But on Saturday afternoon, I arrived again, signed in to my shift three hours early, and started patrolling the grounds, looking for something more engaging than dead meat. Fortunately, that second day was the best.
In most cultural events that are advertised on Facebook with flyers abound and hashtags galore, people throng in thousands, flashing cameras at dancers as if they’d never before seen a blend of colours or beaded jewellery. Our impression of culture is often so stereotypical that we can’t imagine anything beyond a stage performance featuring slender female dancers and flavoured meat.
However, this multicultural festival tried to showcase some genuine culture. Not only did it feature music and food from various countries, but it also accommodated embassies of various nations. Why, one of the most popular aspect of the event—aside from the German beer and sausages—was the EU village. For an entire day, a large section of the festival hosted embassy stalls where delegates and foreign representatives shared brochures, travel advice, traditional information, and snacks. They even gave away free EU passports at the European Union tent—a fun activity for the young and the older where you could walk your way through all the tents of the EU countries and get your passport stamped at each tent.
A little later that day came the iconic Multicultural Festival Parade. As the name suggests, it’s a tremendous walking and dancing display of culture by the many countries that call Canberra (and Australia) home. From indigenous musical representatives to Chinese dragon dance, to Korean music, south Indian drumming, Bulgarian dancing, Brasilian samba, belly dancing, and more, the entire parade was a blurry flourish of colour.
Each of the six main stages represented a region. For instance, stage five was for African and Pacific Islander performances, food, and crafts, whereas stage two and its surrounds featured Celtic performances and Scottish traditional foods, information, and dance troupes.
Day two was more satisfying than the first one.
When I woke up on Sunday, hoping to make it on time to hear some multi-lingual poetry at 10 am, I realised I’d been stressing myself out. I had to lie in bed until I had to leave. My shift was to start at 1pm and I checked in 10 minutes prior.
Having spent two whole days at the festival without staying anywhere long enough to enjoy any performance completely, I’d decided to let it all go and have fun.
The section I stood at featured the Greek community and culture. From Zorba dance and olive pastries to sipping black traditional Greek coffee, I had a wonderful time, nodding to tunes I’ll never get out of my head.
As I waddled over to the Latin American zone, loud maracas and drums invited me with floral t-shirts and unpronounceable words. It was the most warm and welcoming experience I’ve ever had. Charged by my volunteer status, I walked right to the front—not because I was being an arsehole, but because being 5 feet and a couple of inches, in a crowd, I can’t see anything other that people’s sweaty, muscly, arms.
While the groovy Peruvian music troupe sang and danced, the audience had a party of its own. People in all kinds of clothing set their bags on the ground to jump onto the dance floor. It was a perfect amalgamation of traditions—performers came from various Latin American countries and the audience featured black, white, and all shades of the brown in between.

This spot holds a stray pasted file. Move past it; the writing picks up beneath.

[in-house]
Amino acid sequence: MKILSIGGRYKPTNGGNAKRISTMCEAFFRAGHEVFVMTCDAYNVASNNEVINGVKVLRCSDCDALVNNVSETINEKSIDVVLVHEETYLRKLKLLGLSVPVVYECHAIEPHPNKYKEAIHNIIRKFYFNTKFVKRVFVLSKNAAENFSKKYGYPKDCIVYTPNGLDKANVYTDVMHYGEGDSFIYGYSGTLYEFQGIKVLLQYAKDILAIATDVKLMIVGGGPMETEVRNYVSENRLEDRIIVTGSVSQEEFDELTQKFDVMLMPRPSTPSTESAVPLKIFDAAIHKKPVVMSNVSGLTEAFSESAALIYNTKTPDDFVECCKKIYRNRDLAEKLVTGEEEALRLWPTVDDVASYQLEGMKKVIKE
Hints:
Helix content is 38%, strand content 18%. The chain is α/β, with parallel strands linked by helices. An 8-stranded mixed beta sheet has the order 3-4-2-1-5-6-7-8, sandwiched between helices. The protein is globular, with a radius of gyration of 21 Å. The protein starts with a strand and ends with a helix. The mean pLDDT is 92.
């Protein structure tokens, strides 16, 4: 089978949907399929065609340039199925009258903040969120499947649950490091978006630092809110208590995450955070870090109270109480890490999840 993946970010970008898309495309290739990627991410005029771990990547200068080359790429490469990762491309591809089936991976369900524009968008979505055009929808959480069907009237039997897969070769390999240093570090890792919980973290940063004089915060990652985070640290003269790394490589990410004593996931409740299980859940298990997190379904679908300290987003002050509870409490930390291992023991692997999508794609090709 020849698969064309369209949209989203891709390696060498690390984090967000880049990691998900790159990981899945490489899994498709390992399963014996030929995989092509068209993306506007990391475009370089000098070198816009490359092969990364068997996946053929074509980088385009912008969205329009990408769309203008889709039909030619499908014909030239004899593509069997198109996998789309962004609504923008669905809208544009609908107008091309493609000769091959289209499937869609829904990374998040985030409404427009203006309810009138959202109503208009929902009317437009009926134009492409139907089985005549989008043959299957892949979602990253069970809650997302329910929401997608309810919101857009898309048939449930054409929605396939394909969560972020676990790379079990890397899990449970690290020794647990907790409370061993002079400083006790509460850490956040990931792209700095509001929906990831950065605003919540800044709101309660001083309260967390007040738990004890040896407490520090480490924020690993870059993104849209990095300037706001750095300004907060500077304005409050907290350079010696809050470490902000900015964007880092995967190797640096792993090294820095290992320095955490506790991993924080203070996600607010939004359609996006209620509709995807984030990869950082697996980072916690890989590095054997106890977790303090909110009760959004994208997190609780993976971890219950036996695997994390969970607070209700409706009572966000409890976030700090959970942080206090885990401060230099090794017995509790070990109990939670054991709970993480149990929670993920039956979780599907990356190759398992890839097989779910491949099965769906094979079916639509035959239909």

As the festival wound to a close, I’d changed my mind about volunteering. I’d so it all again next year, but now that I know the scale of the event, I’ll be more strategic about channeling my energy and enjoy the event.
After all, what good is volunteering if we don’t have fun?
I’ve written about Australian wildlife being wild and at times, aggressive. Magpies swoop down on runners, bicyclists, and pedestrians even potentially leaving in their wake painful holes in heads and a bloody mess. All over the country, crocodiles await adventurous wanderers, kangaroos could become too friendly and shove all their weight on you, and venomous snakes slither into your home, making themselves cosy under your bed or on your toilet.
Even ducks waddle their way up to you wanting to pick a fight.
However, all of this is book knowledge. I’ve heard stories of others’ homes infested with eight-legged monsters, injured pedestrians keeling on footpaths nurturing magpie wounds, and countless other incidents that curdle your blood.
But you never understand it until you experience it yourself.
As I did today. While I jogged down my usual route by the lake, a woman walking a few yards in front of me shrieked. It all happened fast—by the time I realised what had happened, she’d recovered, a man walking behind her had helped her avoid the magpie’s talon. She held what looked like a leather bag that probably shielded her. The two of them quickly walked away while the magpie settled itself on a light pole between me and the path ahead.
I’d stopped jogging, my heart in my mouth. It seemed harmless. It was just a tiny bird sitting on a pole, watching the world beneath it. Nothing about it suggested any hatred towards humankind. And yet, as I watched, a cyclist pedalled his way towards me from the opposite side. As he rode under the pole, the bird screeched, bent its knees, and lifted off towards the bobbing red helmet.
It was ferocious. The cyclist didn’t deter even for a second. He rode onwards, steady, and almost oblivious to the potential death hovering over his head.
In a split second, without thinking, I took off. Seeing as how the bird chased the cyclist going the opposite side, I ran straight ahead, hoping it would be distracted long enough for me to escape.
But of course, nature is smarter than humankind. I ran like Phoebe, and the bird chased after me wailing and sending shards of panic through my entire being. I hadn’t run like that since my relay races in fifth grade.
As the bird’s cries died down, I slowed and stopped. From behind me came huffing noises, and I turned to smile surprisedly at a runner. She looked far more seasoned than I, and she slowed down long enough to add laughingly, “they went for me, too when I came in earlier.” And she went on as if nothing had happened.